Madison Barrow


Ben Jamieson


Kiera Wortley


Prayers by Lt Zbigniew Jonczyk, Canadian Armed Forces padre


Indigenous blessing by Elder Steven Ross


Act of Remembrance by
Russel Smart (English)


Luc Tremblay (French)


Luc O'Bomsawin (Abénakis)


Commitment to Remember by
Madison Barrow (English)


Gérémy Côté (French)


Teghan Angulalik (Innuinaqtun)


Diederik Dujardin (Dutch)

Last Post, One Minute of Silence, Rouse





Wreath Laying











National Anthems



Mrs. Sherry Romanando and Lieutenant General Juneau proceeded to the front of the guard to recieve the General Salute before departing


The Band and Guard of the Canadian Armed Forces marched off






Group picture with on the left the grandchildren of Francis pegahmagabow: Julie Pegahmagabow and Brian McInnes. Westtoer, with the support of the province of West-Flanders and the Flemish governement, invited two offspring out 7 contries to commemorate their family member 100 years later. For Canada the choice fell on the grandchildren of Pegahmagabow.

He was probably born on March 9, 1889 at Parry Sound, Canada. After the early dead of his parents, he was raised by tribal members.
Following the outbreak of World War I, Pagahmagabow volunteered for service with the Canadian Expeditionary Force in August 1914, despite Canadian government discrimination that initially excluded minorities.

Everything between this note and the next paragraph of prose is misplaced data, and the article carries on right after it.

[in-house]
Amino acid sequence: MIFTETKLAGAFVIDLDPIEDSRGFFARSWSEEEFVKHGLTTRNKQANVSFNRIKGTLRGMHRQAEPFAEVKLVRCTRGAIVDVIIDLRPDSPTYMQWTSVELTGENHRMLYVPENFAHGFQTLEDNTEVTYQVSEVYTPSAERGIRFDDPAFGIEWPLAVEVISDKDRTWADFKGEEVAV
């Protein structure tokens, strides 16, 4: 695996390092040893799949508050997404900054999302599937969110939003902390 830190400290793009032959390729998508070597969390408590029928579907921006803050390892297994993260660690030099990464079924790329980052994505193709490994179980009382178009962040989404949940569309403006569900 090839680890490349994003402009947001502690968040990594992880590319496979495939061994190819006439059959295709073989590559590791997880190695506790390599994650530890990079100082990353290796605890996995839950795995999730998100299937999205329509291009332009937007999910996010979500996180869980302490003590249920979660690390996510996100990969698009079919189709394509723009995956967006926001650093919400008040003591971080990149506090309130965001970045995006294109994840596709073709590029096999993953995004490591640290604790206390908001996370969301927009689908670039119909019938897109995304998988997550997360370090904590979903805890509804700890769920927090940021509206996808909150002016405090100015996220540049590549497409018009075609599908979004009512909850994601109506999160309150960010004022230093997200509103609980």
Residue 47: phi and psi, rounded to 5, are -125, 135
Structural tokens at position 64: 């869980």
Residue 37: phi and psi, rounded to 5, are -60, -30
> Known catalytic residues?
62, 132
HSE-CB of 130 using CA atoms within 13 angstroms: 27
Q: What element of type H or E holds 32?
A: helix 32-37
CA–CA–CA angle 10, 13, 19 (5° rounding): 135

He woudl eventually become the higest decorated Canadien soldier of indigenous descent and is also one of the 38 Canadians who got a Military Medal with 2 bars.

He received the Military Medal for carrying messages along the lines under heavy artillery fire at Ypres, Festubert and Givenchy. 
He earned his first line in the Third Battle of Ypres, for maintaining contact with the flanks on the night of November 6/7, 1917. His second bar followed in August 1918 during the Battle of Scarpe, France.
Further more he was also an excellent sniper with no less than 378 confirmed kills.
He survived the war and became an activist for the rights of the indigenous people.


Interview with Mr. Jef Verschoore, Alderman town of Ypres


The Catafalque Party dismounted


Collection of the arms of the guard of the Canadian Armed Forces